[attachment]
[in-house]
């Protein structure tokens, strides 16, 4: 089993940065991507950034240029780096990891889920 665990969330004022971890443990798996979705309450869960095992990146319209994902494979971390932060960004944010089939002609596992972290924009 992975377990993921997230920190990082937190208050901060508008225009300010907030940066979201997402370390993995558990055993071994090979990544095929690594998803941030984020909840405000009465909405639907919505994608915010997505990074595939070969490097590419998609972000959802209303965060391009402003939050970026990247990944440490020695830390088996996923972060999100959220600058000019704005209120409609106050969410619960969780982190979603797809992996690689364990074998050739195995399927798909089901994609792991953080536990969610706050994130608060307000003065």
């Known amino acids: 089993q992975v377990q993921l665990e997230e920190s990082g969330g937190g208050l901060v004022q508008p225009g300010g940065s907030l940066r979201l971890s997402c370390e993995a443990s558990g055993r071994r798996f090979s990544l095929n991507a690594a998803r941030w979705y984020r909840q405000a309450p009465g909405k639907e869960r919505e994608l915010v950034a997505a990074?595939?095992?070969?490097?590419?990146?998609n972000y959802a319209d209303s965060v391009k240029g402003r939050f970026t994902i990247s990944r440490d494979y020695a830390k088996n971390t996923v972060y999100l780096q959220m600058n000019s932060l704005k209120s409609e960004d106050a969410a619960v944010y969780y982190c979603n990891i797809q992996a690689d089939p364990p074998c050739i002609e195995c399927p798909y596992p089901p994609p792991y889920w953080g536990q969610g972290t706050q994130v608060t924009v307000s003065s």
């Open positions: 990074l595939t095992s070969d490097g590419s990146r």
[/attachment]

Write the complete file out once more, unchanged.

[in-house]
């Protein structure tokens, strides 16, 4: 089993940065991507950034240029780096990891889920 665990969330004022971890443990798996979705309450869960095992990146319209994902494979971390932060960004944010089939002609596992972290924009 992975377990993921997230920190990082937190208050901060508008225009300010907030940066979201997402370390993995558990055993071994090979990544095929690594998803941030984020909840405000009465909405639907919505994608915010997505990074595939070969490097590419998609972000959802209303965060391009402003939050970026990247990944440490020695830390088996996923972060999100959220600058000019704005209120409609106050969410619960969780982190979603797809992996690689364990074998050739195995399927798909089901994609792991953080536990969610706050994130608060307000003065």
């Known amino acids: 089993q992975v377990q993921l665990e997230e920190s990082g969330g937190g208050l901060v004022q508008p225009g300010g940065s907030l940066r979201l971890s997402c370390e993995a443990s558990g055993r071994r798996f090979s990544l095929n991507a690594a998803r941030w979705y984020r909840q405000a309450p009465g909405k639907e869960r919505e994608l915010v950034a997505a990074?595939?095992?070969?490097?590419?990146?998609n972000y959802a319209d209303s965060v391009k240029g402003r939050f970026t994902i990247s990944r440490d494979y020695a830390k088996n971390t996923v972060y999100l780096q959220m600058n000019s932060l704005k209120s409609e960004d106050a969410a619960v944010y969780y982190c979603n990891i797809q992996a690689d089939p364990p074998c050739i002609e195995c399927p798909y596992p089901p994609p792991y889920w953080g536990q969610g972290t706050q994130v608060t924009v307000s003065s």
């Open positions: 990074l595939t095992s070969d490097g590419s990146r």